Pfizer has secured approval from the US Food and Drug Administration (FDA) for its Zirabev (bevacizumab-bvzr), an oncology biosimilar to Roche’s Avastin (bevacizumab).
Pfizer said that Zirabev has been approved to treat five types of cancer, including metastatic colorectal cancer; unresectable, locally advanced, recurrent or metastatic non-squamous non-small cell lung cancer (NSCLC), recurrent glioblastoma; metastatic renal cell carcinoma (RCC) and persistent, recurrent or metastatic cervical cancer.
The approval was based on assessment of a comprehensive data package, which showed biosimilarity of Zirabev to the reference product.
The data package is comprised of results from the Reflections B7391003 clinical comparative study, which demonstrated clinical equivalence and found no clinically meaningful differences between ZIRABEV and the reference product in patients with advanced non-squamous NSCLC, said the US pharma giant.
In February this year, the company also received approval from the European Union (EU) for Zirabev to treat of metastatic carcinoma of the colon or rectum, metastatic breast cancer, unresectable advanced, metastatic or recurrent NSCLC, advanced and/or metastatic RCC and persistent, recurrent or metastatic carcinoma of the cervix.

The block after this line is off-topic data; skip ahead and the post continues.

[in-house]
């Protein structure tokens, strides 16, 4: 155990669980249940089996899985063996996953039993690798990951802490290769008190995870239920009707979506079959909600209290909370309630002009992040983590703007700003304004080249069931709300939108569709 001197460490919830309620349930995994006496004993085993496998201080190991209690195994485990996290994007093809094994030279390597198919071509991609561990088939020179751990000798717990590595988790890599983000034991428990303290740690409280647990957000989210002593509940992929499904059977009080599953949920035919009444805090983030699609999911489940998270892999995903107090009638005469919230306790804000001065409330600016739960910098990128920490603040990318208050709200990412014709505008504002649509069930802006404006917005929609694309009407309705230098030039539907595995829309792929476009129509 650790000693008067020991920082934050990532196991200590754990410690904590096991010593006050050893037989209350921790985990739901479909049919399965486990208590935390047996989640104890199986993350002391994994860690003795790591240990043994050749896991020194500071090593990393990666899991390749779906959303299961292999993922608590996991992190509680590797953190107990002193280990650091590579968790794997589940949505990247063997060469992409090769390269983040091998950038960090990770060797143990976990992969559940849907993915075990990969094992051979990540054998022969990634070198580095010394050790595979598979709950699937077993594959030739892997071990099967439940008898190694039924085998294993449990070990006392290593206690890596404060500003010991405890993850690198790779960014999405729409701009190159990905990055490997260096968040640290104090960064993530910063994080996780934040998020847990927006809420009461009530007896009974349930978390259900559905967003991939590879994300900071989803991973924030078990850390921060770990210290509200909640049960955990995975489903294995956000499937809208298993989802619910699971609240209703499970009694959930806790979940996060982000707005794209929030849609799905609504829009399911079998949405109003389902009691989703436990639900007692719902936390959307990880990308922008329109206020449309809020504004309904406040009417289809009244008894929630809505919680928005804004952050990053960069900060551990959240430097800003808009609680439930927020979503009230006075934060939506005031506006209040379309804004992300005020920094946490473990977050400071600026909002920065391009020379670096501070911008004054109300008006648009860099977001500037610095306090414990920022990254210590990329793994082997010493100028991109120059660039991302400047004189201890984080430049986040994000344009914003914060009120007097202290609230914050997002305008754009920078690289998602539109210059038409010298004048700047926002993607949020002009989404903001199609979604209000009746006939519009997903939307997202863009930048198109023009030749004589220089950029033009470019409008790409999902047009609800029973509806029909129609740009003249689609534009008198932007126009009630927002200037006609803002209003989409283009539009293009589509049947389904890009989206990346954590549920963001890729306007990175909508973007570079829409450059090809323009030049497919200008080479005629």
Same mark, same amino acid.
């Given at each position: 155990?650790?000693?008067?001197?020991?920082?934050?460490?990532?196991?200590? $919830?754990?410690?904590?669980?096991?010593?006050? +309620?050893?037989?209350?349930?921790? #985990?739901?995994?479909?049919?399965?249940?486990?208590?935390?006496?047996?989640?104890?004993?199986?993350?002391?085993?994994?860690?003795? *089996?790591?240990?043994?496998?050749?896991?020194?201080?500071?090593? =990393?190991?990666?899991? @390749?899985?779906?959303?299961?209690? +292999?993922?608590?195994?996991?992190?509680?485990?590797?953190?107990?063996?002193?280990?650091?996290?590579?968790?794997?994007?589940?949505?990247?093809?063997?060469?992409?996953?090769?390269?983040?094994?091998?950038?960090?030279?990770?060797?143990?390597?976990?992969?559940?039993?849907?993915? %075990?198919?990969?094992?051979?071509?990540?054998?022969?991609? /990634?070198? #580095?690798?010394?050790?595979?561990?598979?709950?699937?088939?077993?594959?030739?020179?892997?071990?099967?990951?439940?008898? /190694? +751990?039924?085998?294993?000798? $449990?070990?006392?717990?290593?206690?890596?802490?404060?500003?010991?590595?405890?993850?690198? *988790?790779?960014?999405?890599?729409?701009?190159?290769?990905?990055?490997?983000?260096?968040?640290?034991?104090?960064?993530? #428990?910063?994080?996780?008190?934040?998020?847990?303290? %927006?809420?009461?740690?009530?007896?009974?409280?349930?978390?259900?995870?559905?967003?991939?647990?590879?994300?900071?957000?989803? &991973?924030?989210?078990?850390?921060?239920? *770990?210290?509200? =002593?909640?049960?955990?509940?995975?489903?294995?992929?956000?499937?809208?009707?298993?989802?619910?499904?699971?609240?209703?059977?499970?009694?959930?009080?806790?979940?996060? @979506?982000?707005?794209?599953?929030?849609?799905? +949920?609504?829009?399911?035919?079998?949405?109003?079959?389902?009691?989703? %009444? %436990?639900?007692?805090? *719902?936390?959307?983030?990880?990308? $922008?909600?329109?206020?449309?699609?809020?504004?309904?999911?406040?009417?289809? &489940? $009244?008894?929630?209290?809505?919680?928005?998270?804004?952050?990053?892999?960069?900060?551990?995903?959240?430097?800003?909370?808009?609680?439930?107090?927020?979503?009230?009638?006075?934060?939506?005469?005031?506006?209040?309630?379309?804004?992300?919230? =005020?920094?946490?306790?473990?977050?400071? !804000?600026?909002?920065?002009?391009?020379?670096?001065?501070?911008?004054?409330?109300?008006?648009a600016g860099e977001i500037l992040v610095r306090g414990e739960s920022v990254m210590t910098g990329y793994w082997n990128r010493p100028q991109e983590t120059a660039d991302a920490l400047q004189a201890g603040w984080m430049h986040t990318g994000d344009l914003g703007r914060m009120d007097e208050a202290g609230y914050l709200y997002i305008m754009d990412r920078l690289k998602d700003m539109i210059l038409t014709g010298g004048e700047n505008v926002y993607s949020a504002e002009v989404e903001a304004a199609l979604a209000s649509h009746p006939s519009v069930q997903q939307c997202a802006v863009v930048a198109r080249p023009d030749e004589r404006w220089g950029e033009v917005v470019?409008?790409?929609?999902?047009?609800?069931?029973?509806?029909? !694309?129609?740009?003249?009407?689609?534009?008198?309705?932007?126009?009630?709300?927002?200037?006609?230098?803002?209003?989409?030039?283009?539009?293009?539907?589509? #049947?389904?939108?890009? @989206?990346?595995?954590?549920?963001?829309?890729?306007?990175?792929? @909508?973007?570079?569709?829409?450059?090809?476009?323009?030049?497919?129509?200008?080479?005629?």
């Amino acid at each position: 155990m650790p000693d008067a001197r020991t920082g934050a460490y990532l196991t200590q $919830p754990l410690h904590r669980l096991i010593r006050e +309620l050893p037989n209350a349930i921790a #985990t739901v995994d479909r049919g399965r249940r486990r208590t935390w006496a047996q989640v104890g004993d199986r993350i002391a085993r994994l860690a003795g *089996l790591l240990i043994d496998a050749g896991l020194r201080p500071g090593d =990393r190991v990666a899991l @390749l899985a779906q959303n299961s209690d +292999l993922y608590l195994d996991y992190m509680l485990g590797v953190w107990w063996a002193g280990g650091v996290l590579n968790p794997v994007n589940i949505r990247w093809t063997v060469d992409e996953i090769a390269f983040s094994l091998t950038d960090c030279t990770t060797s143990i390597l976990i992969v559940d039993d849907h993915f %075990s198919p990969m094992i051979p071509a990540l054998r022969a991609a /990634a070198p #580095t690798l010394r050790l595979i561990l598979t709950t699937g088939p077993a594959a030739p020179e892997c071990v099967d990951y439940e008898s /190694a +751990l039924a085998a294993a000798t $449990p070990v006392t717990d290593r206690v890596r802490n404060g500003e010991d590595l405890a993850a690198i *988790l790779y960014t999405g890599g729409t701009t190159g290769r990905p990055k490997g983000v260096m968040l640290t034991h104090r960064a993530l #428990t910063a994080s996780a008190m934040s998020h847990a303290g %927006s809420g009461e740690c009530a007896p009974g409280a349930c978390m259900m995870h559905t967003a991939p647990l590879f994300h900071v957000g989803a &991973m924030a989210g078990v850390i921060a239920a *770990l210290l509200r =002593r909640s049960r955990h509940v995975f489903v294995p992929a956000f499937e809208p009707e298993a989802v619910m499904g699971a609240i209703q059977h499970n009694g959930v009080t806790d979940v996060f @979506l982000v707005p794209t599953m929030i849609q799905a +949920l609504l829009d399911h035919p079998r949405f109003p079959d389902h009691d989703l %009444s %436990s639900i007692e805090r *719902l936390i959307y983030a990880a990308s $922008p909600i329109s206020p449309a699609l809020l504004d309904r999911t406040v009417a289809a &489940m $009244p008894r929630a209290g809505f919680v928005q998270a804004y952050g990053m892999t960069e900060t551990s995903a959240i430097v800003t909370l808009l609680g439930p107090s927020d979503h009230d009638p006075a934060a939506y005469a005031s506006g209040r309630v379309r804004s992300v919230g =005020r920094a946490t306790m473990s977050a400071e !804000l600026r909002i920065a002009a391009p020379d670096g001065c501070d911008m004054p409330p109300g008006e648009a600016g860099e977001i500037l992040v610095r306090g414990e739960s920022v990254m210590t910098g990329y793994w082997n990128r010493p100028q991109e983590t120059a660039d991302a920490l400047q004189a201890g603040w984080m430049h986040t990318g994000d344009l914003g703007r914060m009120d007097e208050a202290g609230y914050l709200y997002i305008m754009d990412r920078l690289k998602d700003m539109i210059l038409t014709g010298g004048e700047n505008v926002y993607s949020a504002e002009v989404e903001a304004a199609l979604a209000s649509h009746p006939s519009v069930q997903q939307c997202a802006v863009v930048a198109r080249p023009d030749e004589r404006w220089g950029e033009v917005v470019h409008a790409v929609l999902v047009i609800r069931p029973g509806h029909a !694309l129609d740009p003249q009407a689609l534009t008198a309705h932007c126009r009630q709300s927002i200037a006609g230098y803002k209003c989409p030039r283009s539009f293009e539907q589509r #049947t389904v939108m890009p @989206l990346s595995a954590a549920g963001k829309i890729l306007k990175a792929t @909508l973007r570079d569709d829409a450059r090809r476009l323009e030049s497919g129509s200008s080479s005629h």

In March this year, Pfizer also secured FDA approval for another oncology monoclonal antibody (mAb) biosimilar Trazimera (trastuzumab-qyyp).
Zirabev, which is a mAb biosimilar of the reference product Avastin, works by restricting the formation of new blood cells (angiogenesis) by specifically recognising and binding to vascular endothelial growth factor (VEGF) protein.
Zirabev has been assessed in around 400 patients under the Reflections clinical trial programme.
Pfizer oncology global president Andy Schmeltz said: “Biosimilars like ZIRABEV can help increase access to impactful therapies, driving market competition that may ultimately lower costs and help address the diverse needs of patients living with cancer.
“We are proud to add ZIRABEV to our growing oncology portfolio for U.S. patients living with a wide variety of tumor types.”
Zirabev, in combination with intravenous fluorouracil-based chemotherapy, is approved for the first or second-line treatment of patients with metastatic colorectal cancer (mCRC).
Zirabev, in combination with with fluoropyrimidine-irinotecan- or fluoropyrimidine-oxaliplatin-based chemotherapy, is approved as a second-line treatment for patients with mCRC who have progressed on a first-line bevacizumab product-containing regimen.